The rise of the passives looks unstoppable. Since 2008, assets in exchange-traded funds have increased from $772bn (€685bn) to almost $4trn, according to BlackRock. But this doesn’t mean active managers are cornered.
It is no secret the average active fund manager struggles to outperform consistently. Corporate governance is an obvious area where active managers can still prove their value.
Ricardo Libano, a fund selector at the Portuguese wealth manager IM Gestão de Ativos in Lisbon, has a natural inclination to invest in active funds. But it’s not always easy to do so, and sometimes he is left little choice but to select a passive option.
The largest ETF available to European investors has passed the $20bn mark in assets under administration. It benefited from an increase in inflows following Donald Trump’s election to the US presidency.
Talk of a 0% fee for passive investing is an enticing prospect, but as core funds become cheaper so groups are encouraged to over-complicate the satellite.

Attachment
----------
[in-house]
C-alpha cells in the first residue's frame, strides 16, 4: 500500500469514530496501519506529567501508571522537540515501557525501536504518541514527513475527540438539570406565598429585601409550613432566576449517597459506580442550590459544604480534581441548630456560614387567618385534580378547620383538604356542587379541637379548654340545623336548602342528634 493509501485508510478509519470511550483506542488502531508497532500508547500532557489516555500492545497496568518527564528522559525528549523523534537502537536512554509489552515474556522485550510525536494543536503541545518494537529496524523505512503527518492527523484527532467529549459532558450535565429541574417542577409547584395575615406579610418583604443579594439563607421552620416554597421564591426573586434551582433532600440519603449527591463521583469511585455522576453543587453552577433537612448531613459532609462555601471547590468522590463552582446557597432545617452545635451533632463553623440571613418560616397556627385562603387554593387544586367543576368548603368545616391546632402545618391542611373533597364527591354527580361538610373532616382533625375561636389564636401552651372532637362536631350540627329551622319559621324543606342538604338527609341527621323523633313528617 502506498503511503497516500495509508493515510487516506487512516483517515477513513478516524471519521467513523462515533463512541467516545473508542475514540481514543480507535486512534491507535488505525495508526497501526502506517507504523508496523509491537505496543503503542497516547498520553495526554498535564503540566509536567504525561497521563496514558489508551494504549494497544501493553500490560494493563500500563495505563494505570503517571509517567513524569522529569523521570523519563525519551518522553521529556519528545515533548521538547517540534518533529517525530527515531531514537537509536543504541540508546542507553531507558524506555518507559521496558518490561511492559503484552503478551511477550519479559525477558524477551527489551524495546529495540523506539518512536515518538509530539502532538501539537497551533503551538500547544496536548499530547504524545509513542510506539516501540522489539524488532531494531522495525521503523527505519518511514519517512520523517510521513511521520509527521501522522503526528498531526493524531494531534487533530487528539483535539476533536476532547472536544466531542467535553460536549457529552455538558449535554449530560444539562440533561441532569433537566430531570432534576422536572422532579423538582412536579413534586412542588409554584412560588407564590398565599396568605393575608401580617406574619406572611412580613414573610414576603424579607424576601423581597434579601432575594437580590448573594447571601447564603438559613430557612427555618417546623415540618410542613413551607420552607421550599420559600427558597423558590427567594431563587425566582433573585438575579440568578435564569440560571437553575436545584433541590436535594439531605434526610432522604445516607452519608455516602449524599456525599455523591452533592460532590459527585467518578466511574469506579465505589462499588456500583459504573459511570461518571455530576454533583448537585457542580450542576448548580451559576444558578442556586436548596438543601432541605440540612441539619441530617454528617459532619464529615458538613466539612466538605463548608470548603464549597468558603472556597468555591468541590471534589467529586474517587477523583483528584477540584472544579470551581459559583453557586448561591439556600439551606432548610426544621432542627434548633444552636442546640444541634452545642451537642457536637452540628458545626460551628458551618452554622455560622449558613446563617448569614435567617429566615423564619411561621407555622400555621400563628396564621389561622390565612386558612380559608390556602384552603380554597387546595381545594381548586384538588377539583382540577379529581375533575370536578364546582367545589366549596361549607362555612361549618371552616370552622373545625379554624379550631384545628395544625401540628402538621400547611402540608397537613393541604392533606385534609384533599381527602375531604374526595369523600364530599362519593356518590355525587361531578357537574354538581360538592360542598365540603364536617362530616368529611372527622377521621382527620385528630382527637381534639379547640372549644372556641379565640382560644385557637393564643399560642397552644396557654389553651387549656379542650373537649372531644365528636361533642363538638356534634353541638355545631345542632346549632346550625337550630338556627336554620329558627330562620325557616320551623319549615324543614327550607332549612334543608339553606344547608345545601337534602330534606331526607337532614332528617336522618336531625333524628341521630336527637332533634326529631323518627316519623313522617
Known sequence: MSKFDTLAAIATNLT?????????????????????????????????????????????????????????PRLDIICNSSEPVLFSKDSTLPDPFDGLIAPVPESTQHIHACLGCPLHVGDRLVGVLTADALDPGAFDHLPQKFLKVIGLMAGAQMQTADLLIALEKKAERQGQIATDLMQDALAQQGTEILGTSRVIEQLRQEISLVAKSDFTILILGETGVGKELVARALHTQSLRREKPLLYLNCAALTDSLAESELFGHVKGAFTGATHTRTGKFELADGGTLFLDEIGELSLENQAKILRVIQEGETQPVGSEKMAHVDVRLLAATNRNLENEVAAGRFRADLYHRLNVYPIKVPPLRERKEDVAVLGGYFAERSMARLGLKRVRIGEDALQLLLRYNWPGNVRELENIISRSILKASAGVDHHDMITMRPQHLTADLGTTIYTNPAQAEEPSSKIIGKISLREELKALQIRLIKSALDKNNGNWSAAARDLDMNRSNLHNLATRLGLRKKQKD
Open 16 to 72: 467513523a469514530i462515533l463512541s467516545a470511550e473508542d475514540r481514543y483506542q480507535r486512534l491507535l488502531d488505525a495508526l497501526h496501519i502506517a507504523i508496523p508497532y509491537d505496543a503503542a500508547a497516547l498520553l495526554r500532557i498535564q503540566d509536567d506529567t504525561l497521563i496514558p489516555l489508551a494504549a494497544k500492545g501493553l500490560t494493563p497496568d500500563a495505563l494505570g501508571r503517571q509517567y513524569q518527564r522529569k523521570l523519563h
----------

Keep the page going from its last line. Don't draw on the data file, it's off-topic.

The pace of inflows into index-trackers shows no sign of abating. With still three months to go this year, ETFs listed in Europe have already surpassed the previous inflows record set in 2014.
European ETF assets have more than doubled over the last five years, according to a study by Morningstar.
ETFs and ETPs listed in Europe received net inflows of US$5.4 billion in January 2014, with investors showing a marked preference for equity funds, according to the latest ETFGI Global ETF and ETP industry insights report
Swedish fund selectors are still showing a marked preference for active strategies with a value approach across all geographies.